Twitter isn’t exactly known as the best place for reasoned debate and intelligent discourse these days.
In fact, if some people are to be believed, it may very well be responsible for the downfall of Western civilization as we know it.
Which is too bad because, if you do it right, Twitter can be an amazing tool for education, communication, and advocacy.
For instance, if you start following longevity experts instead of all those angry politics accounts you currently hate-read, you can end up learning a ton, while simultaneously staying up-to-date on the most cutting-edge advances in human life extension as they are actually happening.
How exciting is that?
And it turns out #LongevityTwitter is littered with a who’s-who of the most prominent scientists, researchers, and founders on the front-lines of developing anti-aging technologies and therapies.
And I’ve gone ahead and collected some of the very best life-extension experts into a handy Twitter list here for you to follow, as well as in the below article.
So do your part to save civilization, unfollow rage-posters, and start following anti-aging experts on Twitter instead.
The best longevity experts and influencers on Twitter
I’ve broken up the below list of top longevity experts by individuals’ accounts vs. organizational accounts. For both lists I’ve used the same selection criteria:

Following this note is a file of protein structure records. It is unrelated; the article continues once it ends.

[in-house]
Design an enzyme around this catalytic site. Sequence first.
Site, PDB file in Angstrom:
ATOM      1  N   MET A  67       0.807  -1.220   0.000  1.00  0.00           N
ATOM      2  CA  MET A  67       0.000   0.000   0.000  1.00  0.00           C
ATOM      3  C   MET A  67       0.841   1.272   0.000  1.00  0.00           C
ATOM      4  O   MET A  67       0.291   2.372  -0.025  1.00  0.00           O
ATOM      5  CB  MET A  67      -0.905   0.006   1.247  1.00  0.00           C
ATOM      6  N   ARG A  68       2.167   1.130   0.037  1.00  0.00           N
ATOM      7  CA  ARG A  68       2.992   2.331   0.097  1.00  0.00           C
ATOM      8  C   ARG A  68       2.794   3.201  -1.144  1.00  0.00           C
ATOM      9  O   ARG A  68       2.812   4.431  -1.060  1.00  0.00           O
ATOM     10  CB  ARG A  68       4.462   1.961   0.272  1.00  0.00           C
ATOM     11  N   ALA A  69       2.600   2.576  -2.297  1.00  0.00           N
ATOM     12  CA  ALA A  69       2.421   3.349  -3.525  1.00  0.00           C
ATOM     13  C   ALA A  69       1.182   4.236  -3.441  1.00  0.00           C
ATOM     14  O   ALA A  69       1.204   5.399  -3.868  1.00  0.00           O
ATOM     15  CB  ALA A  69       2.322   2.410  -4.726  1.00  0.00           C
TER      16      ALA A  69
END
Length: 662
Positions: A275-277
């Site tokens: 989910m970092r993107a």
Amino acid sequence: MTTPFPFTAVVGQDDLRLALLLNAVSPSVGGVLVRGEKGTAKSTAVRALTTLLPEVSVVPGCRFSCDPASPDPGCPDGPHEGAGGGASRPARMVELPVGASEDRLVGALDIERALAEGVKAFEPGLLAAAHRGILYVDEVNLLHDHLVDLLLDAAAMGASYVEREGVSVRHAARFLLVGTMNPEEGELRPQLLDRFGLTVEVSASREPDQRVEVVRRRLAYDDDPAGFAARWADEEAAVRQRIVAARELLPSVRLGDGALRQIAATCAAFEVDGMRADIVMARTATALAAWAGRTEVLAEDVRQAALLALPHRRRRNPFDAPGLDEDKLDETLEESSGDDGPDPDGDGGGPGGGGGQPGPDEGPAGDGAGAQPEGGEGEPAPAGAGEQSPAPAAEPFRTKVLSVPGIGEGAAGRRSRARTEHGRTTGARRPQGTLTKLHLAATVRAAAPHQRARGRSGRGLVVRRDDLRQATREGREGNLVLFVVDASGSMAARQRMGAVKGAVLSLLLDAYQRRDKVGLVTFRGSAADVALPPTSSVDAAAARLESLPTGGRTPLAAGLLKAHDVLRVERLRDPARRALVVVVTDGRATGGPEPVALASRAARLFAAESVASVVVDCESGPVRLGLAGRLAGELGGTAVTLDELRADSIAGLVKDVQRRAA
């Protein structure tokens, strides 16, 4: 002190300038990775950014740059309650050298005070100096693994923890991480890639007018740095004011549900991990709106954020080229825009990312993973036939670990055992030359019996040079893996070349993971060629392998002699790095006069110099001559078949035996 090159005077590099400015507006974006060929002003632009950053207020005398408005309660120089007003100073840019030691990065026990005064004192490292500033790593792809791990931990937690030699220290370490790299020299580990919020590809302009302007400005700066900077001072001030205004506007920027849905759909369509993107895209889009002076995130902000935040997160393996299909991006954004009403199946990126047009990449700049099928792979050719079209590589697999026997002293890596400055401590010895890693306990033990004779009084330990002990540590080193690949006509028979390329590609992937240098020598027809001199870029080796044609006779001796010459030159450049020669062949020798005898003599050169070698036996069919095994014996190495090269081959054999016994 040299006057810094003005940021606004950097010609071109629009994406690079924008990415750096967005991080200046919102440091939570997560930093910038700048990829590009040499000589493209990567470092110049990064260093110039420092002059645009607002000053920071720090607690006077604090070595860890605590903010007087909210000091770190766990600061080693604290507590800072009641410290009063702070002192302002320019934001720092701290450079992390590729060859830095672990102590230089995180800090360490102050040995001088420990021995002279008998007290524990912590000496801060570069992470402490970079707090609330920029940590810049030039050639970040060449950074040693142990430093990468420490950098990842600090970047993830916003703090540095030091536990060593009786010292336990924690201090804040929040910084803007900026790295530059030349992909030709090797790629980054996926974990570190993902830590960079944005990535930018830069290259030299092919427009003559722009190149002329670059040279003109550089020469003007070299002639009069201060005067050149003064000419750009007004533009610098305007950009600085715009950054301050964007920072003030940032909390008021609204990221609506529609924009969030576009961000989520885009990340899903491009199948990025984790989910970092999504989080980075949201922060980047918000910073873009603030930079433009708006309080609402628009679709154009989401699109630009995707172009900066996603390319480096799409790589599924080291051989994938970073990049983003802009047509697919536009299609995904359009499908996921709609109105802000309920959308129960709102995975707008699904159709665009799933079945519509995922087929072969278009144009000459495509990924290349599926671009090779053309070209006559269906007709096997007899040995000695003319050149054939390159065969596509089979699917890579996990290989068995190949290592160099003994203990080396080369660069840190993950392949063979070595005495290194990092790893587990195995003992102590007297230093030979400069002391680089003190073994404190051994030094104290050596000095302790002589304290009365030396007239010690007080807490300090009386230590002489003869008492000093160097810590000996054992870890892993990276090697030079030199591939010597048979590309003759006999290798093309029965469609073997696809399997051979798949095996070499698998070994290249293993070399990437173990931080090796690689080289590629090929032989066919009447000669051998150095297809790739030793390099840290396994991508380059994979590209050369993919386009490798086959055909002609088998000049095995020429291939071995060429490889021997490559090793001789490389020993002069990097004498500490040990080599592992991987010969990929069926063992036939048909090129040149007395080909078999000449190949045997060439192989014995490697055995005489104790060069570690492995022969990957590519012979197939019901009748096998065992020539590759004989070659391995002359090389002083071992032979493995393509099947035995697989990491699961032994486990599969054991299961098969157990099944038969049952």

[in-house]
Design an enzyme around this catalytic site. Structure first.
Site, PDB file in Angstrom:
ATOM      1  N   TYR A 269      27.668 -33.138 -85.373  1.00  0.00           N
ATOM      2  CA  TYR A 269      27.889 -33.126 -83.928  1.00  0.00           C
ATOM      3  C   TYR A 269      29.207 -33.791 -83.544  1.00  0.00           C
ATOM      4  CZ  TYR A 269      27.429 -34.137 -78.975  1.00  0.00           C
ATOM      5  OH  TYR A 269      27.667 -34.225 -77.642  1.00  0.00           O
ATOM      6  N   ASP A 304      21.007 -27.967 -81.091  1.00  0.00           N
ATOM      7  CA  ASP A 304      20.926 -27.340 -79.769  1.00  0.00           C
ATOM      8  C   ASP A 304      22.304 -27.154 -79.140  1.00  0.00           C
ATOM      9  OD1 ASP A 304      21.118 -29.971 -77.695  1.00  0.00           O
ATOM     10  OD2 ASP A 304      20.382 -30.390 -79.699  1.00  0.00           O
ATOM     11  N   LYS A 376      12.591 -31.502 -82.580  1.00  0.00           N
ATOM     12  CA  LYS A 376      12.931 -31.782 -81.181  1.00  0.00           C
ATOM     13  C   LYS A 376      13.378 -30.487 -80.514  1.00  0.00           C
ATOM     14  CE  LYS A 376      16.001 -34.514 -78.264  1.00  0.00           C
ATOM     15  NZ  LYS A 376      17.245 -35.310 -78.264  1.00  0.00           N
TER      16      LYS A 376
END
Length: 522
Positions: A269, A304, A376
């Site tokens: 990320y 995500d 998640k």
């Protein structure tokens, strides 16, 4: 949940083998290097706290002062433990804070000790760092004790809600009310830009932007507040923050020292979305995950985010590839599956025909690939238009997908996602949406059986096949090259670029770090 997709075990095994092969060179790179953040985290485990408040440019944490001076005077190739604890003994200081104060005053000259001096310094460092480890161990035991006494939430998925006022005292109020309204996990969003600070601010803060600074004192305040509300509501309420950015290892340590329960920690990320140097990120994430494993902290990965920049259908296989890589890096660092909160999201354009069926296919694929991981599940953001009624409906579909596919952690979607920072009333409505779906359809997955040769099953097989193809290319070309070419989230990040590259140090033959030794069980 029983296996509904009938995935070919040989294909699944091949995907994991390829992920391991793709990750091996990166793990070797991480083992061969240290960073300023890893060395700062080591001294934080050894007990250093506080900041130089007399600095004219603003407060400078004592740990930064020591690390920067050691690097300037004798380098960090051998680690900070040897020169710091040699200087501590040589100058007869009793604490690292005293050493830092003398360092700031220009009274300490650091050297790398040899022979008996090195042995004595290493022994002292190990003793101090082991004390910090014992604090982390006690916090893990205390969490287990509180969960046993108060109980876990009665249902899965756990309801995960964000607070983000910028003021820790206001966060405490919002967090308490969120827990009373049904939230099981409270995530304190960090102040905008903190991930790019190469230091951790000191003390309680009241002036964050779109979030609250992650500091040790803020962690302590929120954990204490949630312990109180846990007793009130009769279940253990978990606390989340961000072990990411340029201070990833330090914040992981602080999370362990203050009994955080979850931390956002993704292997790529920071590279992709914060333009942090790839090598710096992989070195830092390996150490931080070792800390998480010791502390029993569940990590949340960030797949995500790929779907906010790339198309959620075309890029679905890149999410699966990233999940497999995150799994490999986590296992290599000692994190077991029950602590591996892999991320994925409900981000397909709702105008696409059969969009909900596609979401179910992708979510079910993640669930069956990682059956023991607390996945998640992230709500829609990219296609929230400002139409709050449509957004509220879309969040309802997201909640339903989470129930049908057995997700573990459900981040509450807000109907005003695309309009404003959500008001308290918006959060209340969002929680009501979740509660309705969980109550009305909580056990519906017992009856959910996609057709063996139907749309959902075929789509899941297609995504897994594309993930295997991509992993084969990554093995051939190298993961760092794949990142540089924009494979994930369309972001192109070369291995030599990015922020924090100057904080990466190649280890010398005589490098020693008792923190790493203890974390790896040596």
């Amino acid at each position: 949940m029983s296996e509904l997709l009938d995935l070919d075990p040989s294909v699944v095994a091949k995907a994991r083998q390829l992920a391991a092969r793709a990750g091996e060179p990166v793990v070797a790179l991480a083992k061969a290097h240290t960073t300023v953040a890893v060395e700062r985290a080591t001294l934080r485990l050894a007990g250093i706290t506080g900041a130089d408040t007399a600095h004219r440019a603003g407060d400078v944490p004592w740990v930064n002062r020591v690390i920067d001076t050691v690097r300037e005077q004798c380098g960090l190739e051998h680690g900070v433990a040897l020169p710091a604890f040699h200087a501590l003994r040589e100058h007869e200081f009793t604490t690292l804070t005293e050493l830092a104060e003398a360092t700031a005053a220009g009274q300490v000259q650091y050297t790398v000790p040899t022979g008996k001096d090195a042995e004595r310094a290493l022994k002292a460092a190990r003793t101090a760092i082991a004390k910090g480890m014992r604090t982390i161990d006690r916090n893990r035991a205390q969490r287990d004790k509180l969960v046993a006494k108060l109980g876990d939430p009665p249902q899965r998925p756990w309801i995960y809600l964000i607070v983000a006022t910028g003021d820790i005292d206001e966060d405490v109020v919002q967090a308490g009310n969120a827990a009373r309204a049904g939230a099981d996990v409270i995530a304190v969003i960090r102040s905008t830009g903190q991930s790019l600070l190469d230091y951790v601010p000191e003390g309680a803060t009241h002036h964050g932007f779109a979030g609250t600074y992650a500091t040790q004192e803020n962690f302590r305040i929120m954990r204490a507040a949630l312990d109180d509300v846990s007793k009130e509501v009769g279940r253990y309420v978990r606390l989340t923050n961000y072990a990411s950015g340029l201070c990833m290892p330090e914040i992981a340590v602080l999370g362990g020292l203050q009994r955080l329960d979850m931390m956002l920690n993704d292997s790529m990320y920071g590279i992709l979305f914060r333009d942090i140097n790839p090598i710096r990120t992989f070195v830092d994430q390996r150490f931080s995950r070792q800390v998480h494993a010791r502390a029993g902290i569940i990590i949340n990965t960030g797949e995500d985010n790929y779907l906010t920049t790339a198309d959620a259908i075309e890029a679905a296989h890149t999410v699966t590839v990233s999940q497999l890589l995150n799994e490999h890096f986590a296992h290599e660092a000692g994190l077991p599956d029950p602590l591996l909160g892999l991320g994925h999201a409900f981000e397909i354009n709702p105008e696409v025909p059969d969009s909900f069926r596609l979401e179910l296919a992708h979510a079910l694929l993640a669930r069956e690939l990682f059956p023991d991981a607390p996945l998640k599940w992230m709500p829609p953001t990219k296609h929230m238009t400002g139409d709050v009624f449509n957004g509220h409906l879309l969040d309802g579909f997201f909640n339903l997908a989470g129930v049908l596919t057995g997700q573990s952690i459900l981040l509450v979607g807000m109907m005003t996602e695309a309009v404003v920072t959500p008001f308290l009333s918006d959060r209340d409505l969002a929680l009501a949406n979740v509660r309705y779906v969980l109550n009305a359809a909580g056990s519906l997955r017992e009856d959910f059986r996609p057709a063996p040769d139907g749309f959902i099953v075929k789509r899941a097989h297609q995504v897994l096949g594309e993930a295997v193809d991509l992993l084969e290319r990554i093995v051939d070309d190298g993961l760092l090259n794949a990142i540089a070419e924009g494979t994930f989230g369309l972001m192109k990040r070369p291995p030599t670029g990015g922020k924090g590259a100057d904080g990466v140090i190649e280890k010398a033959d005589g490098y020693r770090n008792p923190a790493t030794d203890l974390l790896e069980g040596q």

- At least 10,000 followers on Twitter
- Content is primarily about life-extension science and strategies
- Does not promote bad science or life-extension strategies with no scientific backing
- Cites at least one scientific study in the most-recent twenty tweets
- Currently active, meaning at least one tweet within the past month
Individuals are organized alphabetically by last name, and organizations alphabetically by organization name.
Longevity experts: Individuals
1. Peter Attia
Doctor Peter Attia is well-known in longevity circles for his excellent life-extension podcast, as well as his top longevity blog (and rumor has it he’s releasing a longevity book soon as well) so his inclusion on this list should come as no surprise.
He mainly uses his Twitter account as an update stream for announcing when new articles appear on his blog or new episodes are uploaded on his podcast, and also as a way to mirror his Instagram posts. Nevertheless, it’s a useful way to follow his updates and news (especially if, like myself, you have an irrational aversion to “the ‘Gram,” or whatever kids call it these days).
A research scientist at the University of Iowa, Brenner and his lab discovered that Nicotinamide Riboside (NR) is a precursor vitamin that makes NAD+ in the body. With the recent focus on NAD+ as an activator of possible longevity enzymes called “sirtuins” (championed vocally by Dr. David Sinclair, who also appears later on this list), Brenner’s research is of special interest to spanners. Somewhat ironically, in fact, as he seems to be against the hypothesis that sirtuins activate longevity pathways.
He is also the Chief Scientific Advisor of ChromaDex, the company that produces the well-known longevity supplement Tru Niagen (which claims to increase NAD+ levels in the body).
Follow his Twitter account for (sometimes contrarian) commentary and news about the most recent studies relating to NAD+ and NAD+ precursors like NR and NMN.
Harvard researcher George Church, one of the driving forces behind the Human Genome Project, has been involved in human longevity efforts for ages. From founding companies to test anti-aging therapies on dogs, to identifying promising longevity genes, to using gene therapy to treat age-related diseases in mice, Dr. Church is a real longevity expert.